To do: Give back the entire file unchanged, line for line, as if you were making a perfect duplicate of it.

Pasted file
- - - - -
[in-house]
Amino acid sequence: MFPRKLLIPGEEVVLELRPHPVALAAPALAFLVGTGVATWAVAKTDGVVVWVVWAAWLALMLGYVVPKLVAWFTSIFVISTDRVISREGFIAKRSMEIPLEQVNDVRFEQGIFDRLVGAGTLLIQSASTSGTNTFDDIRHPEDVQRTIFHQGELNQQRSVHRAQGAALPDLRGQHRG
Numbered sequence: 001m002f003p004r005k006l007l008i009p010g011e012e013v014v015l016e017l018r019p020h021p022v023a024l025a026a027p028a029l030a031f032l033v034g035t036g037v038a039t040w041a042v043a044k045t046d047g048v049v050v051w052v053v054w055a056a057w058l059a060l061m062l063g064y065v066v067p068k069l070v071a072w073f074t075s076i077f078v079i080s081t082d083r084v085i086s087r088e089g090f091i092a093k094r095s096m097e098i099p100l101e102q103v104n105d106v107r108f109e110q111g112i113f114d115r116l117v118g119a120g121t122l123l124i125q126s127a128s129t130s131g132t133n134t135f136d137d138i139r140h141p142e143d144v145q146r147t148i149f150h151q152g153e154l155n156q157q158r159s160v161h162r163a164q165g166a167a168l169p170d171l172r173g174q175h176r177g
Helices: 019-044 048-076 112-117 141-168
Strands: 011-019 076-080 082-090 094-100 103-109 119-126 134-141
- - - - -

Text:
[in-house]
Amino acid sequence: MFPRKLLIPGEEVVLELRPHPVALAAPALAFLVGTGVATWAVAKTDGVVVWVVWAAWLALMLGYVVPKLVAWFTSIFVISTDRVISREGFIAKRSMEIPLEQVNDVRFEQGIFDRLVGAGTLLIQSASTSGTNTFDDIRHPEDVQRTIFHQGELNQQRSVHRAQGAALPDLRGQHRG
Numbered sequence: 001m002f003p004r005k006l007l008i009p010g011e012e013v014v015l016e017l018r019p020h021p022v023a024l025a026a027p028a029l030a031f032l033v034g035t036g037v038a039t040w041a042v043a044k045t046d047g048v049v050v051w052v053v054w055a056a057w058l059a060l061m062l063g064y065v066v067p068k069l070v071a072w073f074t075s076i077f078v079i080s081t082d083r084v085i086s087r088e089g090f091i092a093k094r095s096m097e098i099p100l101e102q103v104n105d106v107r108f109e110q111g112i113f114d115r116l117v118g119a120g121t122l123l124i125q126s127a128s129t130s131g132t133n134t135f136d137d138i139r140h141p142e143d144v145q146r147t148i149f150h151q152g153e154l155n156q157q158r159s160v161h162r163a164q165g166a167a168l169p170d171l172r173g174q175h176r177g
Helices: 019-044 048-076 112-117 141-168
Strands: 011-019 076-080 082-090 094-100 103-109 119-126 134-141